It looked as if the rebellion might be crushed quickly. Undeterred, the CNC's provisional government issued a manifesto in which it declared "all sons of Poland are free and equal citizens without distinction of creed, condition or rank". It decreed that land cultivated by the peasants, whether on the basis of rent or service, should become their unconditional property, and compensation for it would be given to the landlords out of State general funds. The provisional government did its best to send supplies to the unarmed and scattered volunteers, who, in February, had fought in eighty bloody skirmishes with the Russians. Meanwhile, the CNC issued an appeal for assistance to the nations of Western Europe that was received everywhere with supportive sentiments from Norway to Portugal. The Confederate States of America sympathethised with the Polish-Lithuanian rebels and viewed their struggles analogous. Italian, French and Hungarian officers answered the call. Pope Pius IX ordered special prayers for the success of Catholic Poles in their defence against the Orthodox Russians and was generally active in raising support for the Polish rebellion. The historian Jerzy Zdrada records that by the late spring and the early summer of 1863, there were 35,000 Poles under arms facing a Russian Army of 145,000 in the Polish Kingdom.

Uprising spreads to former Grand Duchy of Lithuania

Battles of January Uprising in Lithuania, Latvia, Belarus and Ukraine
January Uprising's coat of arms, of a proposed Polish–Lithuanian–Ruthenian Commonwealth: White Eagle (Poland), Vytis (Lithuania) and Archangel Michael (Ruthenia)

On 1 February 1863, the uprising erupted in Lithuania. In April and May, it had spread to Dinaburg, Latvia and Witebsk, Belarus, to the Kiev Governorate, northern Ukraine, and to the Wolynian Voivodship. Volunteers, weapons and supplies began to flow in over the borders from Galicia, in the Austrian Partition, and from the Prussian Partition. Volunteers also arrived from Italy, Hungary, France and Russia itself. The greatest setback was that in spite of the liberation manifesto from the KCN, without prior ideological agitation, the peasantry could not be mobilised to participate in the struggle except in those regions that were dominated by Polish units, which saw a gradual enrolment into the uprising of agricultural workers.

Secret State

The secret Polish state was directed by the Rada Narodowa (RN, National Council) to which the civil and military structures on the ground were accountable. It was a "virtual coalition government" formed of the Reds and the Whites and was led by Zygmunt Sierakowski, Antanas Mackevičius and Konstanty Kalinowski.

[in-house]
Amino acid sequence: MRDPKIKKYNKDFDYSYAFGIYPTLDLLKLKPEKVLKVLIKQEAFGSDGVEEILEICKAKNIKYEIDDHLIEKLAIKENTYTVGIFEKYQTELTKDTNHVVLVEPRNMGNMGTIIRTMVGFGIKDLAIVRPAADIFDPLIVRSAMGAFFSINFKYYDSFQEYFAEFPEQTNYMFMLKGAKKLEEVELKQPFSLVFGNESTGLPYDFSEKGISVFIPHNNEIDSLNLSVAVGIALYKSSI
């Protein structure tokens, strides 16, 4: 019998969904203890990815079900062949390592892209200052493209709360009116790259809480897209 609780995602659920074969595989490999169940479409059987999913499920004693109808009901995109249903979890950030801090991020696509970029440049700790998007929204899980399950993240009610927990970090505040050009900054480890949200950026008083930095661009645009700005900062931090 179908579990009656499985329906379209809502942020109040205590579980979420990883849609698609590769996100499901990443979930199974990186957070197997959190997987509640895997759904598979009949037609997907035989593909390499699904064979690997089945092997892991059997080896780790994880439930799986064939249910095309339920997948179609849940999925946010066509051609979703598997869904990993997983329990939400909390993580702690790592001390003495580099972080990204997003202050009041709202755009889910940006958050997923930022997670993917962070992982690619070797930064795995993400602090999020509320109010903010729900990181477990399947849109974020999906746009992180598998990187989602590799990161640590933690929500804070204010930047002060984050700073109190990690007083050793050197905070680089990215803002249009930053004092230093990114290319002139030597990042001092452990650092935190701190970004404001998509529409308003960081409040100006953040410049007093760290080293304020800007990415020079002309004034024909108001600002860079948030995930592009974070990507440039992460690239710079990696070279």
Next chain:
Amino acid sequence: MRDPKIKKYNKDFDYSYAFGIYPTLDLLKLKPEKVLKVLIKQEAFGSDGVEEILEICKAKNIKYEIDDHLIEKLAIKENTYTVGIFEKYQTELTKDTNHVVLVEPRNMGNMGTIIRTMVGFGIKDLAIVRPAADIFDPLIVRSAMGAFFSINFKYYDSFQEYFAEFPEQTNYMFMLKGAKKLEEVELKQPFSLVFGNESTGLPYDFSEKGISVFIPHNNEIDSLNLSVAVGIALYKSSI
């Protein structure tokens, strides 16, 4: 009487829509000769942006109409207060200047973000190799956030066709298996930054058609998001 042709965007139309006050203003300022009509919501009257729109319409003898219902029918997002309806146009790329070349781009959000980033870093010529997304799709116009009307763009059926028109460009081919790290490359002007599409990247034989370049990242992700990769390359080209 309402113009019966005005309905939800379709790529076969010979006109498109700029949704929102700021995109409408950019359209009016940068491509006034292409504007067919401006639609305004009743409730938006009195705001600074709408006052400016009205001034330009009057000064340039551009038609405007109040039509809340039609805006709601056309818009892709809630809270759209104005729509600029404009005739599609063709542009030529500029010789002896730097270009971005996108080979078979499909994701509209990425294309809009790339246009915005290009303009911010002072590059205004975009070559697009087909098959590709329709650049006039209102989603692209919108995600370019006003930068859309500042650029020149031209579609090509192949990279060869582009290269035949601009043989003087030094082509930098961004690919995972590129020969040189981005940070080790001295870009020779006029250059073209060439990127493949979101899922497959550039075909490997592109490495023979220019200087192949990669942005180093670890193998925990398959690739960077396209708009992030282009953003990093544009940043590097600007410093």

Flag of the uprising

The last two supported their counterparts in Poland and adhered to common policies. Its diplomatic corps was centred on Paris under the direction of Wladyslaw Czartoryski. The eruption of armed conflict in the former Commonwealth of Two Nations had surprised western European capitals, even if public opinion responded with sympathy for the rebel cause. It had dawned on Paris, London, Vienna and Saint Petersburg that the crisis could plausibly turn into an international war. For their part, Russian diplomats considered the uprising an internal matter, and European stability was generally predicated on the fate of Poland's aspiration.

International repercussions

Władysław Czartoryski

The uncovering of the existence of the Alvensleben Convention, signed on 8 February 1863 by Prussia and Russia in St. Petersburg, to suppress the Poles jointly, internationalised the uprising. It enabled Western powers to take the diplomatic initiative for their own ends. Napoleon III of France, already a sympathiser with Poland, was concerned to protect his border on the Rhine and turned his political guns on Prussia with a view to provoking a war with it. He was simultaneously seeking an alliance with Austria. The United Kingdom, on the other hand, sought to prevent a Franco-Prussian war and to block an Austrian alliance with France and so looked to scupper any rapprochement between France and Russia. Austria was competing with Prussia for the leadership of the German territories but rejected French approaches for an alliance and spurned any support of Napoleon III as acting against German interests. There was no discussion of military intervention on behalf of the Poles, despite Napoleon's support for the continuation of the insurgency.

Napoléon III, 1865